There is a showdown in Egypt. Unquestionably, the most serious showdown the Muslim world has ever seen. The Brotherhood is not a group like Al Qaeda standing against a government such as the case in Yemen or the Taliban in Afghanistan. This is a showdown between Islam and everything else.
President Morsi as president elect will not go down without a fight, in fact, it’s not about him at all but about the millions of his supporters who would surely take any reconciliatory gesture as selling out. Mr. Morsi might be thinking of a compromised way out but his followers are demanding to finish the four years in power that in their view was won legitimately.
The Egyptian army which has stupidly gave Mr. Morsi a forty eight hours ultimatum has only managed to inflame the situation by motivating the opposition to insist on their demands; the army which the Brotherhood believes to be secular and even anti Islam and infested with American money and influence. Instead of putting pressure on the losers of the political process, the army did the exact opposite. Blood has been spilt and that is just a sign for what is to come.
The Muslim brotherhood is a far stronger force in terms of organization and cohesion. But what makes the situation even more dangerous is that the group is not as limited in support as the Shia group Hezbollah which has managed to show what power Islamists can amass, the Brotherhood can unleash a regional new reality. Being Sunni, any civil war in Egypt between the supporters of Morsi and the others, will make the likes of Al Qaeda, Jabhat Al-Nusra, Ansar al-Islam and other similar groups allies by default of the Brotherhood movement.
Even if pro-Shariah Egyptians accept being ousted from power, Fatwa’s from the likes of al-Zawahiri calling for Jihad are very likely and very soon. These groups have always preached that Shariah Islam will not stand without force and thus this coup only gives them a chance to push their agenda to the border liners; that only through arms does Islam stand any chance. It is the electoral win that has created the psychological and spiritual obligation for the supporters of Morsi to stand by their squarely-won victory.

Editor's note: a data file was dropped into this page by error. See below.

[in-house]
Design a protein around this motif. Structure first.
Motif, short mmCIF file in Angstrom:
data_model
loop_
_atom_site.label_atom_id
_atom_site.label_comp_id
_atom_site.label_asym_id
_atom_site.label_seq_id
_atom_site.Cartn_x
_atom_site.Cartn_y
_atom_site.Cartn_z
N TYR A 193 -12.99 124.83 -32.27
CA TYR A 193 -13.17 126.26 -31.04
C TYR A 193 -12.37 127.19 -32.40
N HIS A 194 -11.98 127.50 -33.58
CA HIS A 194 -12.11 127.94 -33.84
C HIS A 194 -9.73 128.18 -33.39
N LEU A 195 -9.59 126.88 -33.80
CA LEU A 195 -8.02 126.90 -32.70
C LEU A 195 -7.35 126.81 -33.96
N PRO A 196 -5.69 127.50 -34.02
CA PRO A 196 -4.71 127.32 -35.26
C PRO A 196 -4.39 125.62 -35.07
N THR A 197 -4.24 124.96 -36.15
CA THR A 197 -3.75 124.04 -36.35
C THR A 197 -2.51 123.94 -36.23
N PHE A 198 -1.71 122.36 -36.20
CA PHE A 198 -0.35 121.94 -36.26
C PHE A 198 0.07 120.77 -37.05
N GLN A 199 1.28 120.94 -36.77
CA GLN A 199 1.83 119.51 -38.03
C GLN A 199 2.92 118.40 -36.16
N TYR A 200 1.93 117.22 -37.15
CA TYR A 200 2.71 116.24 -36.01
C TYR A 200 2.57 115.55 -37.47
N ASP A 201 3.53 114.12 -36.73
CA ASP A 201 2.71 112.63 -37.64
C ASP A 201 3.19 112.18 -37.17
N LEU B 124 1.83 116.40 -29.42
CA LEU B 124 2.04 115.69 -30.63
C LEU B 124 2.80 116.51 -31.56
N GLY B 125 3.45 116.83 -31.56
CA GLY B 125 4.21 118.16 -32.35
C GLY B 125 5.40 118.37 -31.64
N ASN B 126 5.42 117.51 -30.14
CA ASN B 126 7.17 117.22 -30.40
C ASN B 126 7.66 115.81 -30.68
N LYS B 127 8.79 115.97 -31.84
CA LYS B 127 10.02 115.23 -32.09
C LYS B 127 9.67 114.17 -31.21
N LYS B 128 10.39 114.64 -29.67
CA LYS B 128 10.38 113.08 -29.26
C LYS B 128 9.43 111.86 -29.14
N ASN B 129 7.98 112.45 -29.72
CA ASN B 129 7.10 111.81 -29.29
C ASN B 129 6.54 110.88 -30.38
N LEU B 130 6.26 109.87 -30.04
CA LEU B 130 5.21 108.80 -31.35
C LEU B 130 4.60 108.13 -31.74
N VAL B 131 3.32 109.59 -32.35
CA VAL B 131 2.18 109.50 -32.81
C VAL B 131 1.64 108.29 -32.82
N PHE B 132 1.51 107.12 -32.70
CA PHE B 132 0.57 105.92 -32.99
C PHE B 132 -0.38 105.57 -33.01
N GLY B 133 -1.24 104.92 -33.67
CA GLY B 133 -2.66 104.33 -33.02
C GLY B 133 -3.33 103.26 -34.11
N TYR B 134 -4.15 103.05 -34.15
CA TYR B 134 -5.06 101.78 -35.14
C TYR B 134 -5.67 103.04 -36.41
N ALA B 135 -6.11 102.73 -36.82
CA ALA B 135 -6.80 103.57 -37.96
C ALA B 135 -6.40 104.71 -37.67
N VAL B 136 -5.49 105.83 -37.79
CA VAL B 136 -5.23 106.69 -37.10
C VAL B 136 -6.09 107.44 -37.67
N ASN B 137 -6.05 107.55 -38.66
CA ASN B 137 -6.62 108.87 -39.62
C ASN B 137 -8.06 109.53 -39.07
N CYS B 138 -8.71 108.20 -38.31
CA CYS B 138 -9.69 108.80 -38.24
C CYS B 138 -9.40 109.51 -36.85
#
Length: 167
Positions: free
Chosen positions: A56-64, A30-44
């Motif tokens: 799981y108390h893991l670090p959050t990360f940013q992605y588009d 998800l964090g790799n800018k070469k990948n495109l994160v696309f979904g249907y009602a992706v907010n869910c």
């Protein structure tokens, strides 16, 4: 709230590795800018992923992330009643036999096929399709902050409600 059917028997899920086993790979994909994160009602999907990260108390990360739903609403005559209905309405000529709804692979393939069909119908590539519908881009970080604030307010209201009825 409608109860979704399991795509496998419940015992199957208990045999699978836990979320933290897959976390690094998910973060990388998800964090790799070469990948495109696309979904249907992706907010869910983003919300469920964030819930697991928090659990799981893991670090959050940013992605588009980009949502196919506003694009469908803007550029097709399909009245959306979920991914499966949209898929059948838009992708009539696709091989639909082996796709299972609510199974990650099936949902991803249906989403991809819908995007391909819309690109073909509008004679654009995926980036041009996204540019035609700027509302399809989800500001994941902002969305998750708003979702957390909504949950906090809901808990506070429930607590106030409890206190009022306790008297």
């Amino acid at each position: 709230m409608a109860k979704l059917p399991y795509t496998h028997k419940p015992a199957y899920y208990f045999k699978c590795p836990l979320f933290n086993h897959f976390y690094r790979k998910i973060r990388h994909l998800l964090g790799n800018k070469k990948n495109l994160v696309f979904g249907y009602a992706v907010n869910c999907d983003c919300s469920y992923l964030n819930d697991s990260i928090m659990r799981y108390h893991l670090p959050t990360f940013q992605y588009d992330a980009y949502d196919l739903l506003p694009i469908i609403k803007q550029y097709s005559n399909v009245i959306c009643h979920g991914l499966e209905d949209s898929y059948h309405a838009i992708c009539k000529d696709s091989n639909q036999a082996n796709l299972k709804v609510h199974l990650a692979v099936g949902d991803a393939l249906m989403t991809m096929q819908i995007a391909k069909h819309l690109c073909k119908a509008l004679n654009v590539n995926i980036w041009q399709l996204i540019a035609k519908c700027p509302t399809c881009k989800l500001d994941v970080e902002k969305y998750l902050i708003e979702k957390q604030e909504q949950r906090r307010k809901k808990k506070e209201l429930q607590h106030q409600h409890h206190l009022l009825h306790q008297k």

The hard line Muslims have seen what happened to their brethren in Algeria where an election was nullified by a military coup and in Palestine where Hamas’s win was mainly opposed and discredited through external pressure.
The antagonism to Islam-driven political movements even when they have participated in political process successfully cannot be expected to go on for long and the tipping juncture is Egypt. It is when political venues are closed that the majority of Muslim movements start resorting to violence. If the brotherhood falls even through early elections, the backlash will be massive.
We are speaking about tens of millions of people who are loyal to the brotherhood because they are loyal to the ideology that can unleash something unstoppable. In the short term, the army might seem to be in control but the resentments of millions, especially loyal millions, cannot be placed under the rug by guns and tanks and violence can't be too far.
One hopes for no escalation towards violence but at the very least the eminent civil disobedient by the Brotherhood supporters would paralyze the country and that would just set up a process of eventual bloodshed. If the army believes that American money and weapons can buy people's obedience, it is dead wrong.
“What is happening today is only shaping tomorrow” and unfortunately for Egypt, what is happening today in discrediting a political process cannot be shaping something good.